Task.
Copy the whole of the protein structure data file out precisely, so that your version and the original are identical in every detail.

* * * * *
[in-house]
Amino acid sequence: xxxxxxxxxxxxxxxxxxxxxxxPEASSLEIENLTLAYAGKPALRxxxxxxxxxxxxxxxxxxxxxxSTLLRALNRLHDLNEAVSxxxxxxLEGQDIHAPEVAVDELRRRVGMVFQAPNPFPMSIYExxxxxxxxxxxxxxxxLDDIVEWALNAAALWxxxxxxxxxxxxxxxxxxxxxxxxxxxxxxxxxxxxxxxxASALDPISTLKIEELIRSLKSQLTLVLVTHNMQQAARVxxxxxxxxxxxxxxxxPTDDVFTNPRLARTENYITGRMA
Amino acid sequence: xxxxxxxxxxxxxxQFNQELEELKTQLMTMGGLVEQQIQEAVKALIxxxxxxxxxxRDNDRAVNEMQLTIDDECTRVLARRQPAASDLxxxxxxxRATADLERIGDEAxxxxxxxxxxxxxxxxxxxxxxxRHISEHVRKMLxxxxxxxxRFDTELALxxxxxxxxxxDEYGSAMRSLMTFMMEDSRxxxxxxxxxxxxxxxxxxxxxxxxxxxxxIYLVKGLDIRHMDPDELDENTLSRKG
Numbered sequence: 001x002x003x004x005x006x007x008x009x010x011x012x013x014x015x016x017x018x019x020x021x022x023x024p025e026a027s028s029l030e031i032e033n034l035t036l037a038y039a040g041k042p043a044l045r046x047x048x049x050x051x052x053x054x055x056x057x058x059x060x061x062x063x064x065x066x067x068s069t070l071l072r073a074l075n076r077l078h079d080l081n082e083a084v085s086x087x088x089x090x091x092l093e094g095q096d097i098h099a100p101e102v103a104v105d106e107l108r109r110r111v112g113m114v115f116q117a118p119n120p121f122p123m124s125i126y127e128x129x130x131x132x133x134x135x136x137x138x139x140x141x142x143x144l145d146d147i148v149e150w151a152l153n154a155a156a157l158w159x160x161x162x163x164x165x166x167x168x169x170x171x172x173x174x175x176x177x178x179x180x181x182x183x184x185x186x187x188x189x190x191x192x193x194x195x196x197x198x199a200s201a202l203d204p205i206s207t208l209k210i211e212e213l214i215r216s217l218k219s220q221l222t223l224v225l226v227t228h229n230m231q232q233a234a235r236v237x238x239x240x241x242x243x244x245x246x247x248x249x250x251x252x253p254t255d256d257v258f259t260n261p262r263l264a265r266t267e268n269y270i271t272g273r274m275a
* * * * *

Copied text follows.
[in-house]
Amino acid sequence: xxxxxxxxxxxxxxxxxxxxxxxPEASSLEIENLTLAYAGKPALRxxxxxxxxxxxxxxxxxxxxxxSTLLRALNRLHDLNEAVSxxxxxxLEGQDIHAPEVAVDELRRRVGMVFQAPNPFPMSIYExxxxxxxxxxxxxxxxLDDIVEWALNAAALWxxxxxxxxxxxxxxxxxxxxxxxxxxxxxxxxxxxxxxxxASALDPISTLKIEELIRSLKSQLTLVLVTHNMQQAARVxxxxxxxxxxxxxxxxPTDDVFTNPRLARTENYITGRMA
Amino acid sequence: xxxxxxxxxxxxxxQFNQELEELKTQLMTMGGLVEQQIQEAVKALIxxxxxxxxxxRDNDRAVNEMQLTIDDECTRVLARRQPAASDLxxxxxxxRATADLERIGDEAxxxxxxxxxxxxxxxxxxxxxxxRHISEHVRKMLxxxxxxxxRFDTELALxxxxxxxxxxDEYGSAMRSLMTFMMEDSRxxxxxxxxxxxxxxxxxxxxxxxxxxxxxIYLVKGLDIRHMDPDELDENTLSRKG
Numbered sequence: 001x002x003x004x005x006x007x008x009x010x011x012x013x014x015x016x017x018x019x020x021x022x023x024p025e026a027s028s029l030e031i032e033n034l035t036l037a038y039a040g041k042p043a044l045r046x047x048x049x050x051x052x053x054x055x056x057x058x059x060x061x062x063x064x065x066x067x068s069t070l071l072r073a074l075n076r077l078h079d080l081n082e083a084v085s086x087x088x089x090x091x092l093e094g095q096d097i098h099a100p101e102v103a104v105d106e107l108r109r110r111v112g113m114v115f116q117a118p119n120p121f122p123m124s125i126y127e128x129x130x131x132x133x134x135x136x137x138x139x140x141x142x143x144l145d146d147i148v149e150w151a152l153n154a155a156a157l158w159x160x161x162x163x164x165x166x167x168x169x170x171x172x173x174x175x176x177x178x179x180x181x182x183x184x185x186x187x188x189x190x191x192x193x194x195x196x197x198x199a200s201a202l203d204p205i206s207t208l209k210i211e212e213l214i215r216s217l218k219s220q221l222t223l224v225l226v227t228h229n230m231q232q233a234a235r236v237x238x239x240x241x242x243x244x245x246x247x248x249x250x251x252x253p254t255d256d257v258f259t260n261p262r263l264a265r266t267e268n269y270i271t272g273r274m275a